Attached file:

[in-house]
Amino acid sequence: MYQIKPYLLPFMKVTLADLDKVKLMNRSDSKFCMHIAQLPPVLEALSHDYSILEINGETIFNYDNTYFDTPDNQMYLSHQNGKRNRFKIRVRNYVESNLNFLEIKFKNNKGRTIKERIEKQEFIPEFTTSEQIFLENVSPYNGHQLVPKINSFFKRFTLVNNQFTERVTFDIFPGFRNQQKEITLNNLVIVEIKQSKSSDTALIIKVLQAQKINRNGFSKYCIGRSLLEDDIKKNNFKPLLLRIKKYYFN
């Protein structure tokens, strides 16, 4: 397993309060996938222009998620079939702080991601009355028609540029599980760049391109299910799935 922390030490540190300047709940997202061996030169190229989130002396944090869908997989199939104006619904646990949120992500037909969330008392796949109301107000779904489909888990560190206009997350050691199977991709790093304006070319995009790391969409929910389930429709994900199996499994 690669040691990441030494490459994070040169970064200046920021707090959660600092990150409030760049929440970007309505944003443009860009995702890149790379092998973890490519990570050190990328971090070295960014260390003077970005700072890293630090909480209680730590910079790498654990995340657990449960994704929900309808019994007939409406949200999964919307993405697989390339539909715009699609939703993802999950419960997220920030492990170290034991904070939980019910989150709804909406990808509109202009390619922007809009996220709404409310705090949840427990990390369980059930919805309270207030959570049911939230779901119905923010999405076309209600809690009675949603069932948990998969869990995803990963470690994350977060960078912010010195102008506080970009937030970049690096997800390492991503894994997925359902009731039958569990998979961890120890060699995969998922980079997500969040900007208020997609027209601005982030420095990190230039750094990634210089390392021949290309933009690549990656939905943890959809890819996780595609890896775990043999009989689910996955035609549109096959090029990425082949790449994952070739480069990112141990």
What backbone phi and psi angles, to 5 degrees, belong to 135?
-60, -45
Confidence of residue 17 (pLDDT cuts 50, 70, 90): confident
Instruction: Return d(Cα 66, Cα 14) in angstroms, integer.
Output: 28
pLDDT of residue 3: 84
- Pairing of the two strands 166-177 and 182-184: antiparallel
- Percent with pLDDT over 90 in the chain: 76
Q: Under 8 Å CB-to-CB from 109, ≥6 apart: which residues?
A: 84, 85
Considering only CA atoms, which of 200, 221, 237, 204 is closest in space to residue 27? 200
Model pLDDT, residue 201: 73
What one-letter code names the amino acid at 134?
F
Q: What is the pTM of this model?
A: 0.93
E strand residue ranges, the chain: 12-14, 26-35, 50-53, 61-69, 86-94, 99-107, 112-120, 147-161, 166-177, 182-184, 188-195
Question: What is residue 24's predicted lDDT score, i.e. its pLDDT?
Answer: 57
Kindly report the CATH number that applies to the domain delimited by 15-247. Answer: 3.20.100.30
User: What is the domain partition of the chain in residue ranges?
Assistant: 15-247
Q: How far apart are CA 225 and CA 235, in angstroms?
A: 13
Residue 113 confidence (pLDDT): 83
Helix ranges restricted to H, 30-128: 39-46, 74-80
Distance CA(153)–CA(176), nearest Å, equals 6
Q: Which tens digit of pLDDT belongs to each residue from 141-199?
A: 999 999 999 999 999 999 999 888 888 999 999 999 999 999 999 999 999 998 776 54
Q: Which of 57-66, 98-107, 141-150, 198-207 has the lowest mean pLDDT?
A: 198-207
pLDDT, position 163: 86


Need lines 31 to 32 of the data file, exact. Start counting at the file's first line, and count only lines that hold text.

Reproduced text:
Q: Which tens digit of pLDDT belongs to each residue from 141-199?
A: 999 999 999 999 999 999 999 888 888 999 999 999 999 999 999 999 999 998 776 54